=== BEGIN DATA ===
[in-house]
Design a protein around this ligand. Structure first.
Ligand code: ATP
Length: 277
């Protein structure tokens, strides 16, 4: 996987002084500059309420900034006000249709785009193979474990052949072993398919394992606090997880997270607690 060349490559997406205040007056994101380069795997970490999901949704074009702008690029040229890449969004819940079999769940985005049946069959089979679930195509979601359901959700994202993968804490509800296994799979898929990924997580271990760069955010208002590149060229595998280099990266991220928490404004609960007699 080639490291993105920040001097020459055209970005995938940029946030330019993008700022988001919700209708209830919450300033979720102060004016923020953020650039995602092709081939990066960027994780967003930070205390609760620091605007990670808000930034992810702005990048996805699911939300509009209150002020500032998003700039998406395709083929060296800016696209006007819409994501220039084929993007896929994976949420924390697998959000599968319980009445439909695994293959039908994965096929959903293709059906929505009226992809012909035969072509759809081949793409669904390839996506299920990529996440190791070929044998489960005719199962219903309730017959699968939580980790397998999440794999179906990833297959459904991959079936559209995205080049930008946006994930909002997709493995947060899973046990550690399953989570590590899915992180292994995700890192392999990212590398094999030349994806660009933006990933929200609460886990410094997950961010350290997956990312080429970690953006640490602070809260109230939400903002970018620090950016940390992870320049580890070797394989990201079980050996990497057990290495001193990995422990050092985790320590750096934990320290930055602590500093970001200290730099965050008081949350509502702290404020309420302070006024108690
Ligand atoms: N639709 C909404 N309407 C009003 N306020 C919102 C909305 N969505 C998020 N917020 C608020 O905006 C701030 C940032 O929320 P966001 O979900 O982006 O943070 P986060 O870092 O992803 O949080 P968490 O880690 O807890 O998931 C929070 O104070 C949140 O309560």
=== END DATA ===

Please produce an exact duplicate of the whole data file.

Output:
[in-house]
Design a protein around this ligand. Structure first.
Ligand code: ATP
Length: 277
């Protein structure tokens, strides 16, 4: 996987002084500059309420900034006000249709785009193979474990052949072993398919394992606090997880997270607690 060349490559997406205040007056994101380069795997970490999901949704074009702008690029040229890449969004819940079999769940985005049946069959089979679930195509979601359901959700994202993968804490509800296994799979898929990924997580271990760069955010208002590149060229595998280099990266991220928490404004609960007699 080639490291993105920040001097020459055209970005995938940029946030330019993008700022988001919700209708209830919450300033979720102060004016923020953020650039995602092709081939990066960027994780967003930070205390609760620091605007990670808000930034992810702005990048996805699911939300509009209150002020500032998003700039998406395709083929060296800016696209006007819409994501220039084929993007896929994976949420924390697998959000599968319980009445439909695994293959039908994965096929959903293709059906929505009226992809012909035969072509759809081949793409669904390839996506299920990529996440190791070929044998489960005719199962219903309730017959699968939580980790397998999440794999179906990833297959459904991959079936559209995205080049930008946006994930909002997709493995947060899973046990550690399953989570590590899915992180292994995700890192392999990212590398094999030349994806660009933006990933929200609460886990410094997950961010350290997956990312080429970690953006640490602070809260109230939400903002970018620090950016940390992870320049580890070797394989990201079980050996990497057990290495001193990995422990050092985790320590750096934990320290930055602590500093970001200290730099965050008081949350509502702290404020309420302070006024108690
Ligand atoms: N639709 C909404 N309407 C009003 N306020 C919102 C909305 N969505 C998020 N917020 C608020 O905006 C701030 C940032 O929320 P966001 O979900 O982006 O943070 P986060 O870092 O992803 O949080 P968490 O880690 O807890 O998931 C929070 O104070 C949140 O309560």